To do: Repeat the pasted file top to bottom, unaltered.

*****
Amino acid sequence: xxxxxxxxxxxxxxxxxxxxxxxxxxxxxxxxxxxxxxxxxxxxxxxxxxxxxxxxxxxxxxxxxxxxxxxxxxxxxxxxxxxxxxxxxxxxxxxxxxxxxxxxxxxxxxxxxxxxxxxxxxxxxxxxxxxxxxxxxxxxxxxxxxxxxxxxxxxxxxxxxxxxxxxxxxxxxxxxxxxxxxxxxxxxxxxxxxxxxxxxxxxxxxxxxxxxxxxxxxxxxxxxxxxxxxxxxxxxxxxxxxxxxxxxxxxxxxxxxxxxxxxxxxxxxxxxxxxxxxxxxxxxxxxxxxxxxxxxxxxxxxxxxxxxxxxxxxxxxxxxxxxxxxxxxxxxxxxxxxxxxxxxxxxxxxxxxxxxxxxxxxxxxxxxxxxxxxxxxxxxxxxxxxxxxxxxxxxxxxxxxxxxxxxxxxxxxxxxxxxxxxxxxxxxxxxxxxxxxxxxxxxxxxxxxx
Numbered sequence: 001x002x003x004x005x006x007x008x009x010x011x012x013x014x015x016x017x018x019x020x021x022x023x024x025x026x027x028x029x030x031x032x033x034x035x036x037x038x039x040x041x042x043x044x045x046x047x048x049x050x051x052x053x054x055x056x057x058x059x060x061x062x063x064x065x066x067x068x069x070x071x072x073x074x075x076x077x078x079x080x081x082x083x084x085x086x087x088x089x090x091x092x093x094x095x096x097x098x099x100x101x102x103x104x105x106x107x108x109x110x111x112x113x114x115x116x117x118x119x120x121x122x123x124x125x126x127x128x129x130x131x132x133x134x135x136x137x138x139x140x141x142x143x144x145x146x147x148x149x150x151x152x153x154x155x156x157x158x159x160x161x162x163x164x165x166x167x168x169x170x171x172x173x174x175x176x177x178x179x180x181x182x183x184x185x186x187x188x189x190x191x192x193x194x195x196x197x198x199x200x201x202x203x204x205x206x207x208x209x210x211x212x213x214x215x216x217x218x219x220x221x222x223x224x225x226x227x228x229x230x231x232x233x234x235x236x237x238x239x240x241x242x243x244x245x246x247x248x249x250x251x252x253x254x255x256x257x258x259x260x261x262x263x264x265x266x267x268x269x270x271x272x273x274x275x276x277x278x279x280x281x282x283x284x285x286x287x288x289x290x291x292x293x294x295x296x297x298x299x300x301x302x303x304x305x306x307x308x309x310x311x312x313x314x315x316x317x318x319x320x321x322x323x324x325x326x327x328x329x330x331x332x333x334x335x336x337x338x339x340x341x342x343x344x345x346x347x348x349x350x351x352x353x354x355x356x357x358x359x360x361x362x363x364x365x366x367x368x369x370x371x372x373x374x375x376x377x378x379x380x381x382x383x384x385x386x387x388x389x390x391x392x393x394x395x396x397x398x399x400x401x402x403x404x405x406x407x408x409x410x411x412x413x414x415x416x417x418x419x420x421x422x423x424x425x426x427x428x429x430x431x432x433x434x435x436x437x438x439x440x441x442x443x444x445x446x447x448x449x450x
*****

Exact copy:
Amino acid sequence: xxxxxxxxxxxxxxxxxxxxxxxxxxxxxxxxxxxxxxxxxxxxxxxxxxxxxxxxxxxxxxxxxxxxxxxxxxxxxxxxxxxxxxxxxxxxxxxxxxxxxxxxxxxxxxxxxxxxxxxxxxxxxxxxxxxxxxxxxxxxxxxxxxxxxxxxxxxxxxxxxxxxxxxxxxxxxxxxxxxxxxxxxxxxxxxxxxxxxxxxxxxxxxxxxxxxxxxxxxxxxxxxxxxxxxxxxxxxxxxxxxxxxxxxxxxxxxxxxxxxxxxxxxxxxxxxxxxxxxxxxxxxxxxxxxxxxxxxxxxxxxxxxxxxxxxxxxxxxxxxxxxxxxxxxxxxxxxxxxxxxxxxxxxxxxxxxxxxxxxxxxxxxxxxxxxxxxxxxxxxxxxxxxxxxxxxxxxxxxxxxxxxxxxxxxxxxxxxxxxxxxxxxxxxxxxxxxxxxxxxxxxxxxxxxx
Numbered sequence: 001x002x003x004x005x006x007x008x009x010x011x012x013x014x015x016x017x018x019x020x021x022x023x024x025x026x027x028x029x030x031x032x033x034x035x036x037x038x039x040x041x042x043x044x045x046x047x048x049x050x051x052x053x054x055x056x057x058x059x060x061x062x063x064x065x066x067x068x069x070x071x072x073x074x075x076x077x078x079x080x081x082x083x084x085x086x087x088x089x090x091x092x093x094x095x096x097x098x099x100x101x102x103x104x105x106x107x108x109x110x111x112x113x114x115x116x117x118x119x120x121x122x123x124x125x126x127x128x129x130x131x132x133x134x135x136x137x138x139x140x141x142x143x144x145x146x147x148x149x150x151x152x153x154x155x156x157x158x159x160x161x162x163x164x165x166x167x168x169x170x171x172x173x174x175x176x177x178x179x180x181x182x183x184x185x186x187x188x189x190x191x192x193x194x195x196x197x198x199x200x201x202x203x204x205x206x207x208x209x210x211x212x213x214x215x216x217x218x219x220x221x222x223x224x225x226x227x228x229x230x231x232x233x234x235x236x237x238x239x240x241x242x243x244x245x246x247x248x249x250x251x252x253x254x255x256x257x258x259x260x261x262x263x264x265x266x267x268x269x270x271x272x273x274x275x276x277x278x279x280x281x282x283x284x285x286x287x288x289x290x291x292x293x294x295x296x297x298x299x300x301x302x303x304x305x306x307x308x309x310x311x312x313x314x315x316x317x318x319x320x321x322x323x324x325x326x327x328x329x330x331x332x333x334x335x336x337x338x339x340x341x342x343x344x345x346x347x348x349x350x351x352x353x354x355x356x357x358x359x360x361x362x363x364x365x366x367x368x369x370x371x372x373x374x375x376x377x378x379x380x381x382x383x384x385x386x387x388x389x390x391x392x393x394x395x396x397x398x399x400x401x402x403x404x405x406x407x408x409x410x411x412x413x414x415x416x417x418x419x420x421x422x423x424x425x426x427x428x429x430x431x432x433x434x435x436x437x438x439x440x441x442x443x444x445x446x447x448x449x450x